The ruins of a colonial-era fort on the Hudson tell the tale of a daring raid by an American general who earned the nickname “Mad Anthony.”
The Battle of Stony Point was a daring nighttime attack on July 16, 1779 by Brig. General “Mad Anthony” Wayne and 1,350 picked colonial troops on the British garrison at Stony Point during the Revolutionary War. Stony Point was not a true fort, but had been fortified with entrenched firing positions, redans, and abatis. Much of these works can still be seen today, albeit covered with grass. A lighthouse was built at the location in 1828 to guide ships along the Hudson River.
Under cover of darkness, Lt. George Knox led a “Forlorn Hope” of 20 men who volunteered to lead the attack. They knew they probably wouldn’t survive, but someone had to do the job. The men advanced across a chest-deep swamp to reach the British works. Their orders threatened death for any man who spoke, fired his musket, or retreated. Aside from a diversionary formation of two companies, most men only carried muskets with fixed bayonets and no ammunition. They were expected to overwhelm the British in hand-to-hand combat.
Though Brig. Gen. Wayne himself was wounded in the head, the attacked succeeded brilliantly. The Americans moved too swiftly up the hill for the British cannons to depress in time to be used effectively. Only 15 were killed and 83 wounded. They captured 546 British prisoners. Though the colonists carried off cannons and supplies, they abandoned Stony Point, as it had debatable strategic value.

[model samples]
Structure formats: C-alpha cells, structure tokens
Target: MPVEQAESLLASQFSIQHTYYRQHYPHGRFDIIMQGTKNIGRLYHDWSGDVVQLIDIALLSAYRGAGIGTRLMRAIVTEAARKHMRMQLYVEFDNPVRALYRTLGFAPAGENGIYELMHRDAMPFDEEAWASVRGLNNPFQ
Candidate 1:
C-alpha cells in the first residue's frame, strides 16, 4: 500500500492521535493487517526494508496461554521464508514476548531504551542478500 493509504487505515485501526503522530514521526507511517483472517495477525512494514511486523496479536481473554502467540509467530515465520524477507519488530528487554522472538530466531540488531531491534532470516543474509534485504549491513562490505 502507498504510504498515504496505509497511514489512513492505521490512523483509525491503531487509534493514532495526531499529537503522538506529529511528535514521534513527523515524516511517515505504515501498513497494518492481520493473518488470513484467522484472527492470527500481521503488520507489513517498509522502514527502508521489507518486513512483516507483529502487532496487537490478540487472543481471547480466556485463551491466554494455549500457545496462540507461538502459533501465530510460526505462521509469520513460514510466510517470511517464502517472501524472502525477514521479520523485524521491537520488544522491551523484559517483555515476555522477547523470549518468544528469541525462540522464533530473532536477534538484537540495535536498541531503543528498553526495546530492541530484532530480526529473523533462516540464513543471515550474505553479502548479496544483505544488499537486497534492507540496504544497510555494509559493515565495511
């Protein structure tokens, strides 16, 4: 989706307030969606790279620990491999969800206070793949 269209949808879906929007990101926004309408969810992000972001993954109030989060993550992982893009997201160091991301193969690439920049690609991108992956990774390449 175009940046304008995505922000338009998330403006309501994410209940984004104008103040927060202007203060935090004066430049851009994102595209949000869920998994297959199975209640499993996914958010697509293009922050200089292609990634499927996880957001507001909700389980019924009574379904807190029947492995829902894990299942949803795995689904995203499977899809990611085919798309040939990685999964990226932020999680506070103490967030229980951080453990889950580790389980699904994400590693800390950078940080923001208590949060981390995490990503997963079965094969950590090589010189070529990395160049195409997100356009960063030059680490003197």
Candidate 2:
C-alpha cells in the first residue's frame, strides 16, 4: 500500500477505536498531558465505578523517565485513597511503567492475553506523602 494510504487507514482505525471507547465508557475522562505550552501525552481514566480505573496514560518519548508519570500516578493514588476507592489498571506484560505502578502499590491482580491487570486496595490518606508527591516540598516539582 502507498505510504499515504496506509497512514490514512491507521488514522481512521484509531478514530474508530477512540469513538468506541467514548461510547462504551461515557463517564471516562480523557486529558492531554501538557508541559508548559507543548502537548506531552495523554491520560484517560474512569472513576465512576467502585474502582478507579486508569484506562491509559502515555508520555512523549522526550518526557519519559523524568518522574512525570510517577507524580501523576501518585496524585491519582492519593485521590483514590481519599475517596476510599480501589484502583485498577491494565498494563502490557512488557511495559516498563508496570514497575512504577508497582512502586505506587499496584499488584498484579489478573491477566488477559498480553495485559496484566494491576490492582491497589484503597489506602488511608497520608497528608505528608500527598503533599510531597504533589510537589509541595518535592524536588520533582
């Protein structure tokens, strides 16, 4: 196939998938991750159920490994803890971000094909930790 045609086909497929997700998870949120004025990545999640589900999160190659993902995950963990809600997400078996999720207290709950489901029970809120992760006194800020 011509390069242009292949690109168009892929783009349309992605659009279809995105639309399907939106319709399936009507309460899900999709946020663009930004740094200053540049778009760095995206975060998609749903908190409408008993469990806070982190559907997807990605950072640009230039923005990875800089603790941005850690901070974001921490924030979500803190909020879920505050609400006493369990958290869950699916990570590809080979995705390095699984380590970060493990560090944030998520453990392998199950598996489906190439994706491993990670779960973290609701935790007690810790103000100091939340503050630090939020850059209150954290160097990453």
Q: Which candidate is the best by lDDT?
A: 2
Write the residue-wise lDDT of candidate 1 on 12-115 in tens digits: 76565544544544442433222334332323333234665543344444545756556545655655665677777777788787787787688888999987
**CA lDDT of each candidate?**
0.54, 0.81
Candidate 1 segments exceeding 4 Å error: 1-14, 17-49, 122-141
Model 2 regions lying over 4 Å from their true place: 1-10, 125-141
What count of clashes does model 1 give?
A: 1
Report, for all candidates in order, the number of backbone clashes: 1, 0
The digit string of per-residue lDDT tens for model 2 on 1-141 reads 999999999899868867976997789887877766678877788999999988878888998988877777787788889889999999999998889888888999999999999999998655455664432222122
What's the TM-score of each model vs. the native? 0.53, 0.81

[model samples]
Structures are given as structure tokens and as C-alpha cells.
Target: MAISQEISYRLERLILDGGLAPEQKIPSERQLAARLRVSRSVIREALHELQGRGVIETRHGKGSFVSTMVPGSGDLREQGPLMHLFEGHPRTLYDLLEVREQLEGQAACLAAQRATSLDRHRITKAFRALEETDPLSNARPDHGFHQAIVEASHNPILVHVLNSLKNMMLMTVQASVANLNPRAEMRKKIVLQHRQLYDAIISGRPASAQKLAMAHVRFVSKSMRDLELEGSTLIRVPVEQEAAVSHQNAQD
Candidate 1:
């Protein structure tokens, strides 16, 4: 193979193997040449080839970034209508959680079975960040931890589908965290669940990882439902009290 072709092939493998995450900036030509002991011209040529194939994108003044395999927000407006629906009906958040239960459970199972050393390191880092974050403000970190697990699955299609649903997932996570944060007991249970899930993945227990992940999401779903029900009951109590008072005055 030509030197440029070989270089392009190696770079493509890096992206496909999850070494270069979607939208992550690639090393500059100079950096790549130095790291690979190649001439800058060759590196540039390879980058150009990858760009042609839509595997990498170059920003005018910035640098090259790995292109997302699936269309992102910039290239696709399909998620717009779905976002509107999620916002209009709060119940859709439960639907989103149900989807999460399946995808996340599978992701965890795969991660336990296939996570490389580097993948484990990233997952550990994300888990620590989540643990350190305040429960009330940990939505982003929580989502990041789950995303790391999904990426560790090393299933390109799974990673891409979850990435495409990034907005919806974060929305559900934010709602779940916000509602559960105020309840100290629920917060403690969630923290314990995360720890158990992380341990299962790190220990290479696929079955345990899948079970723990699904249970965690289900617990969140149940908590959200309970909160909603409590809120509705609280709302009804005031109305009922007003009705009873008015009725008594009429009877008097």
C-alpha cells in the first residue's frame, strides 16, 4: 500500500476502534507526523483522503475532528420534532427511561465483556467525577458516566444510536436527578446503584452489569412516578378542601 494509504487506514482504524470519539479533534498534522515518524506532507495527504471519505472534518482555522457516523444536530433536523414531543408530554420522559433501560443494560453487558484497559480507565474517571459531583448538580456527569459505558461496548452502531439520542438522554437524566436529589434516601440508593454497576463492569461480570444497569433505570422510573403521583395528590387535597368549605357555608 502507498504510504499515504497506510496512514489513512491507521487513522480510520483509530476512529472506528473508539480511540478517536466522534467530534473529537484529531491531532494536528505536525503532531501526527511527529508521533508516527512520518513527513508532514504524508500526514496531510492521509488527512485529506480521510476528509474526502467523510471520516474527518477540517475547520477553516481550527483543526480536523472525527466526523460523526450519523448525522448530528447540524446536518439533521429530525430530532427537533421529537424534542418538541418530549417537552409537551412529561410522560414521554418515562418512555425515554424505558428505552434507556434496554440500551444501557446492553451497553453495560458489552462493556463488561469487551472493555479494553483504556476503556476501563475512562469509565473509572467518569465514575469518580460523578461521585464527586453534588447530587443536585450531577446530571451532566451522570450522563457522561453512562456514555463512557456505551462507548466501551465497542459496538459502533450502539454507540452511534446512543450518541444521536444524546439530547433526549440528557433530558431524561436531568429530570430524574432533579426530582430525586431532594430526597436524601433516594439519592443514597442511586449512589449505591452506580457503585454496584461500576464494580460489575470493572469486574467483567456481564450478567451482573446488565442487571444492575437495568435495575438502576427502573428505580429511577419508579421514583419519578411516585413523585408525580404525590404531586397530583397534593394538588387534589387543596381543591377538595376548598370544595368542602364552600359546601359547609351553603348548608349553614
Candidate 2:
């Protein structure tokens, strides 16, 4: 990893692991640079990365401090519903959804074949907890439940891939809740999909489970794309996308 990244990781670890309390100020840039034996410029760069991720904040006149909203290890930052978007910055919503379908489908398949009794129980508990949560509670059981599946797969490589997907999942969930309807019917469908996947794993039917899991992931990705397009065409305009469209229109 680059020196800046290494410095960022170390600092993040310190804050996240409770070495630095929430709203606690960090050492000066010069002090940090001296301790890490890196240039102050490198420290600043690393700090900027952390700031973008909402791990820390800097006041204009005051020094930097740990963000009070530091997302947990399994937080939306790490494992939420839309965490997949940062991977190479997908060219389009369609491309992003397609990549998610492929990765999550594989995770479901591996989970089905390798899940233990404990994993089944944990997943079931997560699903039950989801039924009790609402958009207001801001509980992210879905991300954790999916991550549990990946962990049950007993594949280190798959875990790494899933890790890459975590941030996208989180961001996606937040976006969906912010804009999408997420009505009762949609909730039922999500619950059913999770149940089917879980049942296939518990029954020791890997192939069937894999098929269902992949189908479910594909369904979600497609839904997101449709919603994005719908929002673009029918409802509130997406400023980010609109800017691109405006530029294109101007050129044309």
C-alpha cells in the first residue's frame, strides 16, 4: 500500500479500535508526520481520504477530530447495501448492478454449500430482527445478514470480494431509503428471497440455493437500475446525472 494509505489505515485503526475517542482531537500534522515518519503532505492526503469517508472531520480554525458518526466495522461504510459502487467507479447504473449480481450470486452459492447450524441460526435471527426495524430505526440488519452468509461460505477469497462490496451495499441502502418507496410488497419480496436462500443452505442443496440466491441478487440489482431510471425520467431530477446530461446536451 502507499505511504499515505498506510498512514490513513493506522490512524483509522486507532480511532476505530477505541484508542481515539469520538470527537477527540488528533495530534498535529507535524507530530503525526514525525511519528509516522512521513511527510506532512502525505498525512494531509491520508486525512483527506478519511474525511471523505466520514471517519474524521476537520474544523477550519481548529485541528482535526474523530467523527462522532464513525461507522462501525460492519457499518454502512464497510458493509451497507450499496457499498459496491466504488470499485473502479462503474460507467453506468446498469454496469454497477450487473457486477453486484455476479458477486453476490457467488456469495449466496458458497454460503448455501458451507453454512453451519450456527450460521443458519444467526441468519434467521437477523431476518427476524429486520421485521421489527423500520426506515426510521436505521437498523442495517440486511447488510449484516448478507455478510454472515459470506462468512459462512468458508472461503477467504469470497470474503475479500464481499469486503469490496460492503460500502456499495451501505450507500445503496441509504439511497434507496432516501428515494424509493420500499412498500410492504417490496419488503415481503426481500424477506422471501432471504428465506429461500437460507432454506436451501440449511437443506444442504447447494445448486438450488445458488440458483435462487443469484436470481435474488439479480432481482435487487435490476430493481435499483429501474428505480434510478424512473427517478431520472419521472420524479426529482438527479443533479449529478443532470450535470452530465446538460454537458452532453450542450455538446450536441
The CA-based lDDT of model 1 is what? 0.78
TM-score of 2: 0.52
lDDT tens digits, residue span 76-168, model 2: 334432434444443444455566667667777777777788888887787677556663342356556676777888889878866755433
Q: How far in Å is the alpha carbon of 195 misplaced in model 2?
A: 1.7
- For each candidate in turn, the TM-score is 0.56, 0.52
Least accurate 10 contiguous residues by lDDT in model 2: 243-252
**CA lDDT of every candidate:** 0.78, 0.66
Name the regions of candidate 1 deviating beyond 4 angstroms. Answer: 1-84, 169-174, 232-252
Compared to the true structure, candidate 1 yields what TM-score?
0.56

Built in 1895 and rumored to have been a brothel and speakeasy during Prohibition, the Shanley Hotel on Main Street in Napanoch, New York has gained a reputation for the unusual. Napanoch is a hamlet in Ulster County along Rondout Creek, which straddles the Catskill Mountains and the Hudson River Valley. James and Beatrice Shanley bought the hotel in 1906 and welcomed many prominent guests, including Thomas Edison and Eleanor Roosevelt.
Tragedy followed, however. All three Shanley children died as infants, as well as the hotel barber’s daughter and Beatrice’s sister, who died of influenza. James Shanley died in 1937. Sal Nicosia owned the hotel from 2005 to 2016, and his son Sal, Jr., has picked up the mantel. Since appearing on shows like Ghost Lab and Ghost Hunters, the Shanley Hotel has capitalized on the paranormal tourism market, offering special rates for paranormal investigations and marketing itself as a “haunted hotel.”
The hotel doesn’t have a website and appeared to be closed when I visited.
Ellenville-based artist Sam Tufnell created this colorful display of illuminating garden gnomes in April 2017. He told Hudson Valley One, “I wanted to do something satirical on some level, but a little more playful. The gnomes and the still-lifes are pretty much my reaction to public art, figurative art, high-end art in general; sort of taking things down a notch, ‘de-elevating’ it.”
There are 13, 32-inch tall resin gnomes on the mountain. Each lights up at night in a different color. The gnomes are located on a bluff at the intersection of Highway 213 and Old NY Highway 213, in High Falls, New York along Rondout Creek.
The Hudson River flows 315 miles from the Adirondack Mountains to the Atlantic Ocean at New York Harbor. It’s named after Henry Hudson, a seventeenth century English navigator, and its beauty inspired an entire school of landscape painting.
The Hudson Highlands are particularly picturesque in the vicinity of Bear Mountain, Peekskill, and Fort Montgomery, where I took these photos.